Loath or Loathe?

What Is the Difference between "Loath" and "Loathe"?

"Loath" and "Loathe" are easy to confuse because they both describe negativity towards something.
  • "Loath" means "unwilling."
    • He is loath to take a bath. correct tick
    • ("Loath" is followed by "to." It rhymes with "both.")
  • "Loathe" means "to hate."
    • Dexter loathes bath night. correct tick
    • ("Loathe" is not followed by "to." It rhymes with "betroth.")
Listen to how "loath" and "loathe" are pronounced:
loath or loathe?

More about Loath and Loathe

Writers occasionally confuse "loath" and "loathe." Their meanings are related as they both relate to not liking something.


"Loathe" is a verb meaning "to hate." In fact, many consider it even stronger than "to hate."  It can also be translated as "to hate intensely."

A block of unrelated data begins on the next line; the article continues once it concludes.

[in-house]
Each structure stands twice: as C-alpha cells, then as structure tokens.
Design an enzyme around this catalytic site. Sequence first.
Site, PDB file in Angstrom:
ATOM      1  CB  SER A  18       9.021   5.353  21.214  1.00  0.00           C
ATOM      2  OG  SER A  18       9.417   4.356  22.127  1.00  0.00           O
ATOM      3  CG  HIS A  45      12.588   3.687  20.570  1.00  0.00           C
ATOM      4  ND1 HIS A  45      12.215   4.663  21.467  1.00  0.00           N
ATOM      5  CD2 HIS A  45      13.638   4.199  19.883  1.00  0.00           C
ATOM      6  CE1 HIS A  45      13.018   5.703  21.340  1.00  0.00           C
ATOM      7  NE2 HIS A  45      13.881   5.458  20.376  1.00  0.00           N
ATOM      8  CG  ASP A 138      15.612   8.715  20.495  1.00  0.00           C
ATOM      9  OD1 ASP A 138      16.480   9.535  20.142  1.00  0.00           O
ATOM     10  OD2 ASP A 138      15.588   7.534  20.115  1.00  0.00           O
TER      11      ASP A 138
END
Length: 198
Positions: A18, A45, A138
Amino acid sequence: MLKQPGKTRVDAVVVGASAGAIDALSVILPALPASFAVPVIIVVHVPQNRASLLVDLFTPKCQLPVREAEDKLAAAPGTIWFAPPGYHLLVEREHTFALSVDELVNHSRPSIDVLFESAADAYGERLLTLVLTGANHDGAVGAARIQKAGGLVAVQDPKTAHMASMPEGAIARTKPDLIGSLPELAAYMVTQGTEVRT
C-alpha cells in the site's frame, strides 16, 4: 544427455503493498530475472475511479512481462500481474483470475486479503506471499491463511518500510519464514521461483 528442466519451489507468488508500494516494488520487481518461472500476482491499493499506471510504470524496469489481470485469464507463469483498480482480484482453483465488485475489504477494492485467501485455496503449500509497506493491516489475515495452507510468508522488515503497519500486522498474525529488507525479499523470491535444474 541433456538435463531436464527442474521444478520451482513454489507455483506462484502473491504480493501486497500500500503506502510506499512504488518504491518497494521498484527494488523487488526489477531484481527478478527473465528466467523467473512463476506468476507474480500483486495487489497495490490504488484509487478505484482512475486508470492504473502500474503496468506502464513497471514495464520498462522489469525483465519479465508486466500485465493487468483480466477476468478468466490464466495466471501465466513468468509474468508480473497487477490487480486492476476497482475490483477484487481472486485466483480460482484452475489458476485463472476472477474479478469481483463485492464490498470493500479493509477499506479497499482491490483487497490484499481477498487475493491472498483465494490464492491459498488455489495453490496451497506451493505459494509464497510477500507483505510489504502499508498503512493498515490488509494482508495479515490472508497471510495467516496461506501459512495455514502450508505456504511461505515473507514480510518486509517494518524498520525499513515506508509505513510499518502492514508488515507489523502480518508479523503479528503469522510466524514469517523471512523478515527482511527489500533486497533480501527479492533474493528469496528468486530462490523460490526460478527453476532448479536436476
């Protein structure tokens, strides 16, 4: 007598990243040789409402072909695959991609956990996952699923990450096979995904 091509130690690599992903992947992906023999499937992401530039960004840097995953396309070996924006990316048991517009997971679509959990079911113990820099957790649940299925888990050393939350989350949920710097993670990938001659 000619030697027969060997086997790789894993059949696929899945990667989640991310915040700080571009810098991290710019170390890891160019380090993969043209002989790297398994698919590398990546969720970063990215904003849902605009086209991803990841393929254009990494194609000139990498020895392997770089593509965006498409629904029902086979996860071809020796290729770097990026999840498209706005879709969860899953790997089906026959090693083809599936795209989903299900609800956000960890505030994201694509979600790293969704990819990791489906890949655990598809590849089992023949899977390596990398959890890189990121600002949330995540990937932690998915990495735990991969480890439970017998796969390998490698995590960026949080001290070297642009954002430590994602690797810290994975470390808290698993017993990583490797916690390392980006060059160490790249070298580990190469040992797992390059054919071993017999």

Example sentences with "loathe":
  • She will eat just about anything, but she loathes celery. correct tick
  • I loved the Army as an institution and loathed every single thing it required me to do. correct tick


Loath is an adjective meaning "unwilling."

Example sentences with "loath":
  • She is loath to join because her friends play for a rival team. correct tick
  • Magazines and newspapers are loath to discuss these types of deals publicly. correct tick
  • At daybreak, when loathe to rise, have this thought in thy mind: I am rising for a man's work. wrong cross
  • (This should be "loath.")

Top Tip

  • "Loath" is always followed by "to."
  • "Loathe" is never followed by "to."

Confusion Also Occurs in Speech

People confuse "loath" and "loathe" even when talking. This will help:
  • "Loath" ends in a hard "th" sound. It rhymes with "oath" or "both."
  • "Loathe" ends in a soft "th" sound. It rhymes with "betroth."
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This page was written by Craig Shrives.